Surrey County Council has said that it lacks the legal power to install signs asking drivers to switch off their engines while waiting at the Reigate level crossing, but Reigate & Banstead Borough Council says the issue could be looked at as part of its sustainability strategy.
In March, John Vincent, a local resident, asked Surrey County Council’s Local Committee whether ‘switch-off’ signs could be installed at the crossing, to help in the battle against air pollution.
Vincent said signs had been put up at level crossings in other Surrey boroughs, and that while modern cars often have automatic cut-offs, older ones don’t.
Surrey County Council said in a written response that it lacked the legal powers to install such signs under traffic regulations, and suggested that in other locations they had perhaps been put up on private or Network Rail land.
Vincent, who has stood as a Liberal Democrat candidate in local and parliamentary elections, said of the response: “Vehicle pollution is a major source of pollution with a great deal coming from vehicle engines running whilst stationary.
“I had hoped the installation of new signs would help remind drivers of the simple actions they can take to help improve the air we all breathe. This action is really worth taking.”
The county council’s response also said that Network Rail was understood to be “considering potential locations for signs”. However, Network Rail told reigate.uk that it was “not aware of having installed this type of sign at any level crossing and there are no plans to do so.”
Reigate.uk also asked Reigate & Banstead Borough Council about signage. It said: “Our sustainability strategy has a future action to work with Surrey County Council as the local highways authority to investigate the suitability of implementing measures to limit unnecessary acceleration and deceleration and reduce engine idling, which would include things like idling at the level crossing.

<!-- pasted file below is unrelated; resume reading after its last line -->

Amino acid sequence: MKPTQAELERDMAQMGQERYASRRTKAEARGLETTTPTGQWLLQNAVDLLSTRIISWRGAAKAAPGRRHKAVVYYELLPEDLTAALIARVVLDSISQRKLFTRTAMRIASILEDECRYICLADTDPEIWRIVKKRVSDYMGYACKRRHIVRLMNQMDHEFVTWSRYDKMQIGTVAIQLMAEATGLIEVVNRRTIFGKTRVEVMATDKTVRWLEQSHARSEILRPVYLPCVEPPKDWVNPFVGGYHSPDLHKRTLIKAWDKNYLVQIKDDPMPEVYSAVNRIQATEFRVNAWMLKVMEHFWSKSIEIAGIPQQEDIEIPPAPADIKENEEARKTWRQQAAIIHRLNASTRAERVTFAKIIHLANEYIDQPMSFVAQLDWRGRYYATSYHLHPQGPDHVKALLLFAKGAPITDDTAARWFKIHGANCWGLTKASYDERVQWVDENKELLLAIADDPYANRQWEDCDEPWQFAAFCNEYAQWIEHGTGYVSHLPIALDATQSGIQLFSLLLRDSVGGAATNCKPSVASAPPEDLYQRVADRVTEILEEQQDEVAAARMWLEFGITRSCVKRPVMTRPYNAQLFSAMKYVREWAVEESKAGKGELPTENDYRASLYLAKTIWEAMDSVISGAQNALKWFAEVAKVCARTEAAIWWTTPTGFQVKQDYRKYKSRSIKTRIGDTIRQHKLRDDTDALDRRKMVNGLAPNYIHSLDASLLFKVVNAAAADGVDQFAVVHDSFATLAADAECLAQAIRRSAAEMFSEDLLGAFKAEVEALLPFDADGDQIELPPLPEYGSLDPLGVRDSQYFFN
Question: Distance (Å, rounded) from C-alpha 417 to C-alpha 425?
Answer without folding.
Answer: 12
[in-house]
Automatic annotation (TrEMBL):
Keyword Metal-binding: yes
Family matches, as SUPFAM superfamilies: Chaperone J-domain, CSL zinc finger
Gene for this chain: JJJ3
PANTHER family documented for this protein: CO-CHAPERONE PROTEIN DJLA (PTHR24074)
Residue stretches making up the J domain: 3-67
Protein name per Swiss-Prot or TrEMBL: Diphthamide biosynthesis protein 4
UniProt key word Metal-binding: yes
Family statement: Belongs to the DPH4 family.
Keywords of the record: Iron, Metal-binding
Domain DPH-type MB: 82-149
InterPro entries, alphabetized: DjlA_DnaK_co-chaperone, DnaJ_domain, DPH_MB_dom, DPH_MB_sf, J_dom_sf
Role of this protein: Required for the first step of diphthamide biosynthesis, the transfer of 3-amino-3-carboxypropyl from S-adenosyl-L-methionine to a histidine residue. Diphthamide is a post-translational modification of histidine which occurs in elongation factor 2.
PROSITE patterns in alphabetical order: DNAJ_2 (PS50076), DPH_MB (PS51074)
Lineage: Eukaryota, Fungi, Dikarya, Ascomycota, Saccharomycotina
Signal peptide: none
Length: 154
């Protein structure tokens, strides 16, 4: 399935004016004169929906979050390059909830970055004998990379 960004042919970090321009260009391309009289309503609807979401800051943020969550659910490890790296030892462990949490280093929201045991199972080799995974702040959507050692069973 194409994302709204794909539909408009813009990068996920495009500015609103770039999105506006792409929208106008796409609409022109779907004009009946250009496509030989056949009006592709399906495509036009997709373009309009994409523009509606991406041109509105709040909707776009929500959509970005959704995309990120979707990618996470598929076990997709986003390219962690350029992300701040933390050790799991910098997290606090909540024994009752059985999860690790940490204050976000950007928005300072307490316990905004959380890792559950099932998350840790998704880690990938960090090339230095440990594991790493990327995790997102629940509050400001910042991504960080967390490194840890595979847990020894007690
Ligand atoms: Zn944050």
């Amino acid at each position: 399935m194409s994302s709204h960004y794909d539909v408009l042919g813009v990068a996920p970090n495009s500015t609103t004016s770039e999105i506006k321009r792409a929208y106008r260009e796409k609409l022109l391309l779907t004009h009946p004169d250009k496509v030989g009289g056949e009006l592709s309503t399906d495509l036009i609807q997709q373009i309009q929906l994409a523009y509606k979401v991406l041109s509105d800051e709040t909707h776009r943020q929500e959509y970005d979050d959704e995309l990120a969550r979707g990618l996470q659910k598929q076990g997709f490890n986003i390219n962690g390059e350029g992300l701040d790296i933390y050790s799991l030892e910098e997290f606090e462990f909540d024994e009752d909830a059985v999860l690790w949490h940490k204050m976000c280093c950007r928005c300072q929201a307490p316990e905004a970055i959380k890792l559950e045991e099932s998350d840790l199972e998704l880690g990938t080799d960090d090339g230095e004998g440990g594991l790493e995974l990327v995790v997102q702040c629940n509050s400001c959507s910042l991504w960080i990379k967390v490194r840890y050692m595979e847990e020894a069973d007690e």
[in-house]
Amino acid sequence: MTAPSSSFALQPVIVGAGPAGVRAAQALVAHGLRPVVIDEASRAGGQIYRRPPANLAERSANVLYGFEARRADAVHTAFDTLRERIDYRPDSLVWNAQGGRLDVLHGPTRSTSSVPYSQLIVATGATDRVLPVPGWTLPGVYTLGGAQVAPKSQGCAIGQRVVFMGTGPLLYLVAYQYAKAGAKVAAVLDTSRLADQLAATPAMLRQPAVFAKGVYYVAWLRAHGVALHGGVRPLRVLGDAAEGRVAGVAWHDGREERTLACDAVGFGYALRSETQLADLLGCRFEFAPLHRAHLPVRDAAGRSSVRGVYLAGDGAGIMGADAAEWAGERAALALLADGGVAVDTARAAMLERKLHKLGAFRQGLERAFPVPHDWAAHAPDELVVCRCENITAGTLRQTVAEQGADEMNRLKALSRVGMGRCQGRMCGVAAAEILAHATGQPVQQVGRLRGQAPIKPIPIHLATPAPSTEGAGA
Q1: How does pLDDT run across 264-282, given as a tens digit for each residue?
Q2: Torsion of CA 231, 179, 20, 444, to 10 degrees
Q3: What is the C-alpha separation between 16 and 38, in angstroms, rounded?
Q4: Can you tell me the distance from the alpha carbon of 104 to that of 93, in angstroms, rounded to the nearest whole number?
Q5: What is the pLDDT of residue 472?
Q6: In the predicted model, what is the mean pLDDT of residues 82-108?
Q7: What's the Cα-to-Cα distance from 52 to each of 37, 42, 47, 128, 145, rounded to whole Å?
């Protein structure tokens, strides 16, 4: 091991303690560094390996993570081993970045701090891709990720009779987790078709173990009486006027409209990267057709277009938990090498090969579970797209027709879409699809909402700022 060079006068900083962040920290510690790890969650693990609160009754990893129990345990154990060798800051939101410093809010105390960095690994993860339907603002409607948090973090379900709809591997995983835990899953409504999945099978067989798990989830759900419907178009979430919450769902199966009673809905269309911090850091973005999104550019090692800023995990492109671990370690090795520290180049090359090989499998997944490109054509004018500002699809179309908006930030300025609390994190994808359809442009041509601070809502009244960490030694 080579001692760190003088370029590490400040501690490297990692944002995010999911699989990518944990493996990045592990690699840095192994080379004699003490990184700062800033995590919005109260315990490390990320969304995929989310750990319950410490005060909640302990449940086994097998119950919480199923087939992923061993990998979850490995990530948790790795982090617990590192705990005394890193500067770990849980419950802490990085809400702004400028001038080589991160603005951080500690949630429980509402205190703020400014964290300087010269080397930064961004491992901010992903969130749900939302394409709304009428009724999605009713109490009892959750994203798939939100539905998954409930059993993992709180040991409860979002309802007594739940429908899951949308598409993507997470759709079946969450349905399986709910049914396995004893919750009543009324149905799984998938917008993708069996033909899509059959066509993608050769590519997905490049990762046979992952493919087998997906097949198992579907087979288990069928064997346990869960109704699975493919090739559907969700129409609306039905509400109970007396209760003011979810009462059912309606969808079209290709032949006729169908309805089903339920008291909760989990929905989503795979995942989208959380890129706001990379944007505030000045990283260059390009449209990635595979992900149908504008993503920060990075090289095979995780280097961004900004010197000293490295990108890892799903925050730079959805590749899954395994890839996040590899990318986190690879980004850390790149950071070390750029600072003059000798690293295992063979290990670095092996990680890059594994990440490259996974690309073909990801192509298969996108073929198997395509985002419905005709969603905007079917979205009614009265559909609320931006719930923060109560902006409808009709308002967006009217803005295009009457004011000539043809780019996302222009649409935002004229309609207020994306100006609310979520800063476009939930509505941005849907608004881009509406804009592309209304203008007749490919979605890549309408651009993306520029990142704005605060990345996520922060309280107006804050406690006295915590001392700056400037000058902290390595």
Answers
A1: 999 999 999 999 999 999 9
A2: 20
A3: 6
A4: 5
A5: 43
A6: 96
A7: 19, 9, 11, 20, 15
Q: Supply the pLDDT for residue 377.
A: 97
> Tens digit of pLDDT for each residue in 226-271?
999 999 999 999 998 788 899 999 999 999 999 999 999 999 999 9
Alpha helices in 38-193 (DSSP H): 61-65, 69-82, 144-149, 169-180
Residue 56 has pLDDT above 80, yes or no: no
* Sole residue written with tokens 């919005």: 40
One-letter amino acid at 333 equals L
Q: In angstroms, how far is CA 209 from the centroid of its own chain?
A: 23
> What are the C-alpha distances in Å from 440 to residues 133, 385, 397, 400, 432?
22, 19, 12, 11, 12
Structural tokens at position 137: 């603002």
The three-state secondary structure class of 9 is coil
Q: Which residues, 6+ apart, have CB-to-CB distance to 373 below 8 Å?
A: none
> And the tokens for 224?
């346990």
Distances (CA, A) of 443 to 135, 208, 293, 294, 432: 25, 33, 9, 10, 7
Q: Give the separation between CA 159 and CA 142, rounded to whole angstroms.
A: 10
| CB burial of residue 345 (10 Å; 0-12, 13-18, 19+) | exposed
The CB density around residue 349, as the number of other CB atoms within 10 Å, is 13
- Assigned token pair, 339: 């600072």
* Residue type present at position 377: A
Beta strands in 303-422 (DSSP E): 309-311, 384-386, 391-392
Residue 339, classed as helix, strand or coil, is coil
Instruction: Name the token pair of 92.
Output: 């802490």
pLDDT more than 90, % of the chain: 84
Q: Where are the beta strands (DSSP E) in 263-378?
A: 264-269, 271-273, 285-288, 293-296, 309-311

“Most modern vehicles have built in stop/start technology. However on older vehicles, the engine needs to be switched off for more than 30 seconds, otherwise turning it off and on again is more polluting than leaving the engine running.
“In the past, we worked with [Surrey County Council] on their Travel Smart campaign which included signs on lampposts near the level crossing, asking drivers to switch of their engines. Surveys showed it did encourage drivers to switch off but there was no measurable change in pollution levels in the annual average nitrogen dioxide concentration.”
The borough’s most recent air quality report said that in 2019 over 20,000 vehicles a day used Reigate Hill (south of Raglan Road), the highest on record. However, nitrogen dioxide levels across the Reigate Hill and Reigate town centre air quality management areas had continued on a downward trend and were within the Government’s air quality objective.